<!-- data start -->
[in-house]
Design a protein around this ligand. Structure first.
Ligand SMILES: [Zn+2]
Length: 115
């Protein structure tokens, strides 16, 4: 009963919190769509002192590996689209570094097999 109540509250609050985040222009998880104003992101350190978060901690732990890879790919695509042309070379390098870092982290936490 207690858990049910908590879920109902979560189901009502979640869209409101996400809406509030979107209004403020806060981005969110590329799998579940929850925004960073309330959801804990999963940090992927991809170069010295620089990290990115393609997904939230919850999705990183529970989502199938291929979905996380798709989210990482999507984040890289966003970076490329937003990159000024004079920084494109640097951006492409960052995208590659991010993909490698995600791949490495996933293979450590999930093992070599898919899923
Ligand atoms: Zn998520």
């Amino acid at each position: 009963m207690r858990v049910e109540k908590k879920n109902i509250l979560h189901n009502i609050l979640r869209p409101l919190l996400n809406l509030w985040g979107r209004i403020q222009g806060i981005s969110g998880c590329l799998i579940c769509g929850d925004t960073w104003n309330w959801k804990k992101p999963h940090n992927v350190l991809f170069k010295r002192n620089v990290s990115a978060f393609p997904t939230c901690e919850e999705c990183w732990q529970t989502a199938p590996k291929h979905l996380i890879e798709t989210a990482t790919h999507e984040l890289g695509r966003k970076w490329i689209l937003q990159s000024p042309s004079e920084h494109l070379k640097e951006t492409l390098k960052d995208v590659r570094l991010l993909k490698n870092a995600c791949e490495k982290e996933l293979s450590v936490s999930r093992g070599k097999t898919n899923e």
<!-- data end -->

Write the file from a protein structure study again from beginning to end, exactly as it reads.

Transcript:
[in-house]
Design a protein around this ligand. Structure first.
Ligand SMILES: [Zn+2]
Length: 115
């Protein structure tokens, strides 16, 4: 009963919190769509002192590996689209570094097999 109540509250609050985040222009998880104003992101350190978060901690732990890879790919695509042309070379390098870092982290936490 207690858990049910908590879920109902979560189901009502979640869209409101996400809406509030979107209004403020806060981005969110590329799998579940929850925004960073309330959801804990999963940090992927991809170069010295620089990290990115393609997904939230919850999705990183529970989502199938291929979905996380798709989210990482999507984040890289966003970076490329937003990159000024004079920084494109640097951006492409960052995208590659991010993909490698995600791949490495996933293979450590999930093992070599898919899923
Ligand atoms: Zn998520």
């Amino acid at each position: 009963m207690r858990v049910e109540k908590k879920n109902i509250l979560h189901n009502i609050l979640r869209p409101l919190l996400n809406l509030w985040g979107r209004i403020q222009g806060i981005s969110g998880c590329l799998i579940c769509g929850d925004t960073w104003n309330w959801k804990k992101p999963h940090n992927v350190l991809f170069k010295r002192n620089v990290s990115a978060f393609p997904t939230c901690e919850e999705c990183w732990q529970t989502a199938p590996k291929h979905l996380i890879e798709t989210a990482t790919h999507e984040l890289g695509r966003k970076w490329i689209l937003q990159s000024p042309s004079e920084h494109l070379k640097e951006t492409l390098k960052d995208v590659r570094l991010l993909k490698n870092a995600c791949e490495k982290e996933l293979s450590v936490s999930r093992g070599k097999t898919n899923e």